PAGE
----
I don’t remember which pundit brought this up during the caucus coverage (probably Chris Matthews), but he spoke with two (count ‘em – two!) Iowans who said they wouldn’t vote for Romney because of his Mormon faith. This is a popular storyline and one that the media loves to whip up. Though it may have been true Romney’s last go-’round, the sheer desperation of the Republican Party has done away with much anti-Mormon sentiment. With such a representative sample of two people, Chris (or whoever it was) does nothing to help the country’s ailing perception of Iowa. Iowa is not the bible belt. Again – this was a GOP caucus – Iowa Democrats effectively didn’t caucus this year. As with any GOP anything the God talk is going to be at least a simmer and often a rolling boil. In Iowa there is just a fine point put on right-wingery as the main political group is TFL.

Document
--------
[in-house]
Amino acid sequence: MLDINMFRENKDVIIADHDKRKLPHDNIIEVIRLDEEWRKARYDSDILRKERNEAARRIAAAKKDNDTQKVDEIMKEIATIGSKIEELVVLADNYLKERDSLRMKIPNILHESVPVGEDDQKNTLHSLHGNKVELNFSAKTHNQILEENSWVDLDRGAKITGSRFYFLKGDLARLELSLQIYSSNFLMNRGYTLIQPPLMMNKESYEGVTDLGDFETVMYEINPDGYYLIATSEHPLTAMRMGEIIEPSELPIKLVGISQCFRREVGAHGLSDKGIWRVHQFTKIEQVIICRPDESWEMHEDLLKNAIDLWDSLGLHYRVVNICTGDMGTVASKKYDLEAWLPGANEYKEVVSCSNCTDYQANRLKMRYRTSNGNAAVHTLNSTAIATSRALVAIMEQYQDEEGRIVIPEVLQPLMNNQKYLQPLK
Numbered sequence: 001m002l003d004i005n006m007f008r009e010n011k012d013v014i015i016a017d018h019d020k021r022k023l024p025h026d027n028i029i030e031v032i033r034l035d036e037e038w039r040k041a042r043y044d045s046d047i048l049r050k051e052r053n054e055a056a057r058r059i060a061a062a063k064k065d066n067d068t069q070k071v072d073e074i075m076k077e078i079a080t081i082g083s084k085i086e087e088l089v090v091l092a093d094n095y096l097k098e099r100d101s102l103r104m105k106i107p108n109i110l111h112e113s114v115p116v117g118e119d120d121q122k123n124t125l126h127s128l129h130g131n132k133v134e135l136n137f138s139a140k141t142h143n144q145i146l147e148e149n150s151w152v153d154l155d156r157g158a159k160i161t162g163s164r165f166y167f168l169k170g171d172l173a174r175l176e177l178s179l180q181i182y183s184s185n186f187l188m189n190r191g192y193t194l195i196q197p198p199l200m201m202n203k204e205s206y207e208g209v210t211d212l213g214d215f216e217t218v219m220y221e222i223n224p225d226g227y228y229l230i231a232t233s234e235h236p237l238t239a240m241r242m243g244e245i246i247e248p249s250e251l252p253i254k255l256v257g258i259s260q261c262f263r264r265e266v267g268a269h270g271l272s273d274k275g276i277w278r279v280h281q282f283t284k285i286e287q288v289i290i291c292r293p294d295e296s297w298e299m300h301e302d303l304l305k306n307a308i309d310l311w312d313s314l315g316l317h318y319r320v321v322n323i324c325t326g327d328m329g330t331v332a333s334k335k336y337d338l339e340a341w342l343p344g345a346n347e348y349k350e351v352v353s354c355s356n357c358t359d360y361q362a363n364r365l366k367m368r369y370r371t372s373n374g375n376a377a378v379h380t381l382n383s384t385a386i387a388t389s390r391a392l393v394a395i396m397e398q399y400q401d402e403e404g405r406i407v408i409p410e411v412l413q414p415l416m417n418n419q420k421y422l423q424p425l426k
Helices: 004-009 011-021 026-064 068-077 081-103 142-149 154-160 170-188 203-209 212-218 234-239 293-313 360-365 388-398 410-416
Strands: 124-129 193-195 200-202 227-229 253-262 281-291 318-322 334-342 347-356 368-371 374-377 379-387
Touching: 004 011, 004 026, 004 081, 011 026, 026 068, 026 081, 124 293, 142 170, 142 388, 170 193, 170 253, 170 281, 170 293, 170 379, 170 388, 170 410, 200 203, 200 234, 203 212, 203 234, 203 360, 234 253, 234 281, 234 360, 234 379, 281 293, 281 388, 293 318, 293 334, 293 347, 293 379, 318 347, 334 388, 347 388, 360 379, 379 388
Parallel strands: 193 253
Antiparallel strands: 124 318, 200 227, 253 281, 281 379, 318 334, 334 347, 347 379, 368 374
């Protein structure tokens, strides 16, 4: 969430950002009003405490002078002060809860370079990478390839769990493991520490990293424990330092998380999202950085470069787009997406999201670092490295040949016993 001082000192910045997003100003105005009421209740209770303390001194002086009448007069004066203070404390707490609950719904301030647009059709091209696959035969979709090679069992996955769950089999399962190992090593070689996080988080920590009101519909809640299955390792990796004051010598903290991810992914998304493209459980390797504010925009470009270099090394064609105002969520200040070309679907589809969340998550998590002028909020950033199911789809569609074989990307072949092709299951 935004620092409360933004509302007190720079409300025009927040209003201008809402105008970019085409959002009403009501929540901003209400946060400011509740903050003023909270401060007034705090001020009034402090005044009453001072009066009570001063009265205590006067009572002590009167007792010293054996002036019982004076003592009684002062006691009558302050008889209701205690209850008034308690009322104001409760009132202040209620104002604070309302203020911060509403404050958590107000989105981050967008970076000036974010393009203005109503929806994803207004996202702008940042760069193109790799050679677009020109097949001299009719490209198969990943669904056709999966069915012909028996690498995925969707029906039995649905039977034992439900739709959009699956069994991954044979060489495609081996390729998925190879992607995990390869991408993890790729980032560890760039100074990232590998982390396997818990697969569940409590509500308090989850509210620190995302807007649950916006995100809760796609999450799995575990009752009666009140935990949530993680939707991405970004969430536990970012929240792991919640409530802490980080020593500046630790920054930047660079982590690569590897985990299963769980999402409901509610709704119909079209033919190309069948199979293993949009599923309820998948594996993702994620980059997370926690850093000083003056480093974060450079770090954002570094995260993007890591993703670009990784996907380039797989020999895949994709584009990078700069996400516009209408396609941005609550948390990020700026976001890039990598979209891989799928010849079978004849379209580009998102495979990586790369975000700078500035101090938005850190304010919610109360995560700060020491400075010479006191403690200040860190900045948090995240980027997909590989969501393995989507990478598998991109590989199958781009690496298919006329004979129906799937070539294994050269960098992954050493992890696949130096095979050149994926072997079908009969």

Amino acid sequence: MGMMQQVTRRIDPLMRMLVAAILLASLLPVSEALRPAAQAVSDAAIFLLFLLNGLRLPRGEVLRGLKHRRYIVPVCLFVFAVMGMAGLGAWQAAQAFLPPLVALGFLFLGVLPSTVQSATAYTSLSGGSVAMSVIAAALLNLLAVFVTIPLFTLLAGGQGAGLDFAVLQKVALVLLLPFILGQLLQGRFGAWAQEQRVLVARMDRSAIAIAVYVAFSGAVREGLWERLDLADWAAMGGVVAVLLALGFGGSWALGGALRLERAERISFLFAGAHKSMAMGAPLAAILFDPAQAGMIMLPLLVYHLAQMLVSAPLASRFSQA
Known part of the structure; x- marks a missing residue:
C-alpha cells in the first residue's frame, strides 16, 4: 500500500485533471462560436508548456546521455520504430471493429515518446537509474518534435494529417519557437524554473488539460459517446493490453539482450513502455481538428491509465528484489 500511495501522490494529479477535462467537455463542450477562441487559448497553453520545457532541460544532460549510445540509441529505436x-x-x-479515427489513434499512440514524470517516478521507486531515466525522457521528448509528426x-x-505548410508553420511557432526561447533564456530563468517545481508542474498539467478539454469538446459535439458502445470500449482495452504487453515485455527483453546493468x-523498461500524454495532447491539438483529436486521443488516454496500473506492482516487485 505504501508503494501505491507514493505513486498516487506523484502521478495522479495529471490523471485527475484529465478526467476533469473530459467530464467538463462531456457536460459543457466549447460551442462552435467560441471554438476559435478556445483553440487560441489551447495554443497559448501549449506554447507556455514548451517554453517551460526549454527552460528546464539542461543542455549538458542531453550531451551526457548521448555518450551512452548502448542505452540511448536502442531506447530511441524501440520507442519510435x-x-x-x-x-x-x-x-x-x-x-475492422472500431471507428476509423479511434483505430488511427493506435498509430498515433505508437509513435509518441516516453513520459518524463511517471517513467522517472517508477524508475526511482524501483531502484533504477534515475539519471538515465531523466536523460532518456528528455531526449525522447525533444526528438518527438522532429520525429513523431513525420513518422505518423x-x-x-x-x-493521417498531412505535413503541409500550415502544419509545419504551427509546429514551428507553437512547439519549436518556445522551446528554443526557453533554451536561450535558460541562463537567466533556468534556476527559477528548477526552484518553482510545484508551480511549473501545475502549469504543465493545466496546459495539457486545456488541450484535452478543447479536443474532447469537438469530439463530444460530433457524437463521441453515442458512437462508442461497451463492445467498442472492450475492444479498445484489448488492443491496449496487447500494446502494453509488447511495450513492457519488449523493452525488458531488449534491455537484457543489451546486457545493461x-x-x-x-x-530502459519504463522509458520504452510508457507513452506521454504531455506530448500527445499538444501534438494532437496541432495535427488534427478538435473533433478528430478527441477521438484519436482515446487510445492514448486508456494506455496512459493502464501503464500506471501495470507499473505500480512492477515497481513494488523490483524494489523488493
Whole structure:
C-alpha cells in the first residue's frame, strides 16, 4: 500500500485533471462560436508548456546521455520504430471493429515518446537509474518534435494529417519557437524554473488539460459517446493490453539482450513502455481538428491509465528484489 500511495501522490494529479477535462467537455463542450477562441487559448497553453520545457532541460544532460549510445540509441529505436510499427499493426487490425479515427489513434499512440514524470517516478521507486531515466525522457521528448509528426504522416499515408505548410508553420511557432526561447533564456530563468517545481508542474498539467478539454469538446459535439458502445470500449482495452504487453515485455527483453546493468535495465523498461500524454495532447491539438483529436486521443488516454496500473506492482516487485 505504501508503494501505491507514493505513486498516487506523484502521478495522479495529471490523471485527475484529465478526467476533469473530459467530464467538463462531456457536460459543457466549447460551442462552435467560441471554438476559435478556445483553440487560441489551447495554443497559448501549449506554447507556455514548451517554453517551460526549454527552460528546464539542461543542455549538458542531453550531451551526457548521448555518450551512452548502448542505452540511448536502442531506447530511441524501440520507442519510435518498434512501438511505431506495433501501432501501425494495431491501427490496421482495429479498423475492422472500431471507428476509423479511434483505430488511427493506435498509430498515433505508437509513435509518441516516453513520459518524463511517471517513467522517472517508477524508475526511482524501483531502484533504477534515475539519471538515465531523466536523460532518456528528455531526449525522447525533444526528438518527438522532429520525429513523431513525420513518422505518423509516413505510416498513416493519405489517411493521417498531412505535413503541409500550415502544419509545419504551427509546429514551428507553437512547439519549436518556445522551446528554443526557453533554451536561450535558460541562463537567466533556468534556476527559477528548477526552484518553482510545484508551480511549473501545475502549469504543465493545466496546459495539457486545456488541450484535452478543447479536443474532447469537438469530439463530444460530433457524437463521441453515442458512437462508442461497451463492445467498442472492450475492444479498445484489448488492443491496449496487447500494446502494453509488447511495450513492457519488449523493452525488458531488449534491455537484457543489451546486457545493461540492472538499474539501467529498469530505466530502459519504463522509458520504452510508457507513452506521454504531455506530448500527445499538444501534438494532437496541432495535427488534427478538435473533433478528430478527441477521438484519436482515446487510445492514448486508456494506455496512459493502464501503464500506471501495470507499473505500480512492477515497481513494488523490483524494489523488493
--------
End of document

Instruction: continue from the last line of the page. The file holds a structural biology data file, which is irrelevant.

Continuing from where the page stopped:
By the way, Iowa has a Mormon Secretary of State, Matt Schultz (who ended up backing Santorum).

I have a handful of evangelical friends in Iowa so I ran the Mormon question up the flagpole. Was it an issue at their precinct? The answer came back a resounding no. One very conservative Christian gentleman I went to high school with (Jason S.) summed it up like this:

“The supporter for Romney in our precinct specifically mentioned that although Romney’s relationship with God was different than this person’s own, they would leave that between him and God. Perhaps my perception was stronger than the reality, we will have to see. It does appear though that there are a number of people who are of the camp that there is some sort of common morality between most religions and that this is what is important, that the elected official has demonstrated that they are morally upstanding.”